YouTube plays more than 6 billion hours of video every month. As for how many of those views are real, it's hard to say.
Which is why YouTube announced it will start periodically auditing video views and removing views that might be fake.
The company already bans using third-party websites like these that sell YouTube views, likes and even comments — promising to make your video go viral. (Via Authentichits, LJ Media, BuyYouTubeCheapViews.com)
In a blog post, a software engineer at Google — which owns YouTube — wrote: "When some bad actors try to game the system by artificially inflating view counts, they're not just misleading fans about the popularity of a video, they're undermining one of YouTube's most important and unique qualities."
The move isn't all that surprising. Back in November, YouTube warned its users against purchasing views.
And in December 2012, the company removed about 2 billion fake views from the videos of major record labels. (Via Ubergizmo)
As for YouTube's latest crackdown on fake views, there are a few explanations — the most obvious being, businesses don't want to advertise to fake viewers.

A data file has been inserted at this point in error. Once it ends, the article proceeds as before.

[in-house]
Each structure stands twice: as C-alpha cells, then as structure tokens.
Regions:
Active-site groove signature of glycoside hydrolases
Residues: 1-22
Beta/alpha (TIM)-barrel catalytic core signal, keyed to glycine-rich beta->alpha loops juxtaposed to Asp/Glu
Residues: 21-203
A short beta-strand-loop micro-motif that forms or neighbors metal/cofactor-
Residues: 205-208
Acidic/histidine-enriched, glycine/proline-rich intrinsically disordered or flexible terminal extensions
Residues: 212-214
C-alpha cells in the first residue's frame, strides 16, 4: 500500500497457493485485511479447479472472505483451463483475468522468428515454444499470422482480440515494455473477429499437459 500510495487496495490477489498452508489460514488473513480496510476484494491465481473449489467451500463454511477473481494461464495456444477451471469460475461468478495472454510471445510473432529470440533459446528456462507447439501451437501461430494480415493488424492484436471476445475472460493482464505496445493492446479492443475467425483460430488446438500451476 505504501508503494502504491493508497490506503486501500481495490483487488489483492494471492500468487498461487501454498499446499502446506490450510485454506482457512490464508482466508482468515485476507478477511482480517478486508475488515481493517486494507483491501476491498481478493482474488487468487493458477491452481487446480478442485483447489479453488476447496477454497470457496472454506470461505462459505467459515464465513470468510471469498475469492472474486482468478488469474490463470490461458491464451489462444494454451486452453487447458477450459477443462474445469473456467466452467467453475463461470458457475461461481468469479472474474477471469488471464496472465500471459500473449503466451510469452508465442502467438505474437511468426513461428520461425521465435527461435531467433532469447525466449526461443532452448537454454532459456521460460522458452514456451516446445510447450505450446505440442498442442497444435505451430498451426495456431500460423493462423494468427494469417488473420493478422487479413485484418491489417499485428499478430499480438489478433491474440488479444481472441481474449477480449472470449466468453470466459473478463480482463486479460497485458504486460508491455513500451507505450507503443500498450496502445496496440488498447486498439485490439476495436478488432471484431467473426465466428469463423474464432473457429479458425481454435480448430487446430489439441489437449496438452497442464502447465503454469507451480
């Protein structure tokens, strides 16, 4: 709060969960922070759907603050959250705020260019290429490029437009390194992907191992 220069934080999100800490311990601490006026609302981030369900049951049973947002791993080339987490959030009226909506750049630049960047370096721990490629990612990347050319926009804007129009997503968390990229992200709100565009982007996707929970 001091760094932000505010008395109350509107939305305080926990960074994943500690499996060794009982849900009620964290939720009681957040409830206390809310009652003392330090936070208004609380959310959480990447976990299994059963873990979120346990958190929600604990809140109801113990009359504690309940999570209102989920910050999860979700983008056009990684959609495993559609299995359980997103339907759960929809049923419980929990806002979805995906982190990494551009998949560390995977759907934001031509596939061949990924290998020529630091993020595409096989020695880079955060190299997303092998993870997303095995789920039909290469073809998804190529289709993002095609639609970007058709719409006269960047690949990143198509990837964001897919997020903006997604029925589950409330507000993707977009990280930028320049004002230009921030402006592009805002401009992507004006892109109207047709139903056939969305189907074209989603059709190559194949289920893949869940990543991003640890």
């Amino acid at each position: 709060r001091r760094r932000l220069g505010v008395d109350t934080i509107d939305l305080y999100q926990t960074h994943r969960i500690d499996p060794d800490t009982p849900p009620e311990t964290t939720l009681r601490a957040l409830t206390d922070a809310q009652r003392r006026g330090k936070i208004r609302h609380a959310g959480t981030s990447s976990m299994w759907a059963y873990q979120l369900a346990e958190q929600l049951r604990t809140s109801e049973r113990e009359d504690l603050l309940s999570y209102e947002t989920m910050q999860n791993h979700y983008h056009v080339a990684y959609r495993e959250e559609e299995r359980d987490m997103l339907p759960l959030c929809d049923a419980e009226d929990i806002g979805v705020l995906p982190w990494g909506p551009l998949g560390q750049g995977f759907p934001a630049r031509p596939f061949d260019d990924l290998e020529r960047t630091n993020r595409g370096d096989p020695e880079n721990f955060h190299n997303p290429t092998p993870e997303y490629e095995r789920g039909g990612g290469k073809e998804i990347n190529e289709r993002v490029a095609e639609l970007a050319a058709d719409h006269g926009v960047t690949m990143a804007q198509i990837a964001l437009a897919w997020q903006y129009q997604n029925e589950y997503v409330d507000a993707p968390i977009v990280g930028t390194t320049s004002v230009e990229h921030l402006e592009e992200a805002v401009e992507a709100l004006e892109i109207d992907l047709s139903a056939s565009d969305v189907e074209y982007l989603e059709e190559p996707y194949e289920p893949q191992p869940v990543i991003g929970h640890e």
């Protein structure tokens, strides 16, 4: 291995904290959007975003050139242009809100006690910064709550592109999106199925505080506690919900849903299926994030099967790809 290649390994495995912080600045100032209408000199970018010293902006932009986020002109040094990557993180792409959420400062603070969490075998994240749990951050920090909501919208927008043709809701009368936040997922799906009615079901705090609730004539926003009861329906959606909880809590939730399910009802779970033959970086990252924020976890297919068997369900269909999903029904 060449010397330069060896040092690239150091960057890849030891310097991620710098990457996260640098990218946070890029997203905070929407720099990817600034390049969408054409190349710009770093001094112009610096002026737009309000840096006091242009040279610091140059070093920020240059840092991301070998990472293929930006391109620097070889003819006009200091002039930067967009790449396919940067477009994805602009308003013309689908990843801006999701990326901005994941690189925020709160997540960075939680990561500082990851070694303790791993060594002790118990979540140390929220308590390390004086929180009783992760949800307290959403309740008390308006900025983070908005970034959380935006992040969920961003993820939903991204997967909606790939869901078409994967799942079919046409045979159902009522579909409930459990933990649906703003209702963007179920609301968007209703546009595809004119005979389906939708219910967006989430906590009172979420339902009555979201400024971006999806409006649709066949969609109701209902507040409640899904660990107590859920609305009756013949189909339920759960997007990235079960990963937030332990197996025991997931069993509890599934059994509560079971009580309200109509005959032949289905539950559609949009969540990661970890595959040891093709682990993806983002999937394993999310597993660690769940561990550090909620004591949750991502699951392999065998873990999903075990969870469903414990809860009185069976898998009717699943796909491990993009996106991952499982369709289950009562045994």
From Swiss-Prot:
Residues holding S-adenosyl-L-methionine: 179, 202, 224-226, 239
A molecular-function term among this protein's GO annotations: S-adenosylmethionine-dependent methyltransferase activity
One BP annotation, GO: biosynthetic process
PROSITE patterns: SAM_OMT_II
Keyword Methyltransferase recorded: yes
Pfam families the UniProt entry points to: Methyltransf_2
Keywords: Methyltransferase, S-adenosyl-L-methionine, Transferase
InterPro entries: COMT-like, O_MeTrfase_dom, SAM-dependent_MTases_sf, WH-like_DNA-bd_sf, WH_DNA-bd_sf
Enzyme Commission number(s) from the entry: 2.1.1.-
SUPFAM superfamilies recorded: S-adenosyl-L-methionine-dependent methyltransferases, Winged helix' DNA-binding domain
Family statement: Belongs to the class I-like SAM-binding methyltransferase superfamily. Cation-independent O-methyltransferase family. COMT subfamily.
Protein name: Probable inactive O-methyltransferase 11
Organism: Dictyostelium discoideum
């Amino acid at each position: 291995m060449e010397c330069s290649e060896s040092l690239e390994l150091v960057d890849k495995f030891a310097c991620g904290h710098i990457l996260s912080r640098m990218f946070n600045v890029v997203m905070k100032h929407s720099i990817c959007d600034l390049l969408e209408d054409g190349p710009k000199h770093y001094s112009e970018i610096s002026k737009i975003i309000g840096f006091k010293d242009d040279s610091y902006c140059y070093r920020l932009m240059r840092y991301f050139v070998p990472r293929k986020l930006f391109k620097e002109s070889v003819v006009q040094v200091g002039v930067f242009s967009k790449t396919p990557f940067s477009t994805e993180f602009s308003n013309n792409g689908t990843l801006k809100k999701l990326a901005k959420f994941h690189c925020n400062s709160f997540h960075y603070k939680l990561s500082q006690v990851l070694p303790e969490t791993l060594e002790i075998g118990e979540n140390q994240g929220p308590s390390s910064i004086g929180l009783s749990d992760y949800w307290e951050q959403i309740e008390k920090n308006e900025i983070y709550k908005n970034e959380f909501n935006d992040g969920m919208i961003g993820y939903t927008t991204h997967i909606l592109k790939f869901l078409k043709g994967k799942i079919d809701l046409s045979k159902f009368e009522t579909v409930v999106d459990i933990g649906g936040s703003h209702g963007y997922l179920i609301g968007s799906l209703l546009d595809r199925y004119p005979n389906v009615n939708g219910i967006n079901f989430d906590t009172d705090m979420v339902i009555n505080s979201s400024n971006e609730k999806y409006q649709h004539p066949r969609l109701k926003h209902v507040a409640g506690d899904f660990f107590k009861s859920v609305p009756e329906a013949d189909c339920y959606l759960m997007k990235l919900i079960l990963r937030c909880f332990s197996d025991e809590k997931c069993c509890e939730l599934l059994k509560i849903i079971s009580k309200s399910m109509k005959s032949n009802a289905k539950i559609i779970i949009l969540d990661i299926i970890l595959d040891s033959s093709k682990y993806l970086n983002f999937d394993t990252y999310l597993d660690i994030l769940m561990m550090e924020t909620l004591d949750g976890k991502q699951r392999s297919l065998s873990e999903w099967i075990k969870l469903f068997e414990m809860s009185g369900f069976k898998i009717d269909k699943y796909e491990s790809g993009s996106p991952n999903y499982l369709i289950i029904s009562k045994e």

Business Insider explains: "Now that YouTube is in a more appealing position to advertisers, it can't afford to jeopardize its business with fake views. YouTube needs to be able to assure advertisers that their ads are being seen by real people."
The Guardian notes there's another reason. "It's also likely related to the company's desire for channel-owners to build their audiences by paying to use its TrueView ads system."
Of course, YouTube's not the only tech giant that's had this problem.
An estimated 1 in 10 Twitter accounts are fake.
And Facebook is thought to have 83 million fake accounts.
Google said in a statement the new auditing system would not affect more than a small fraction of its videos.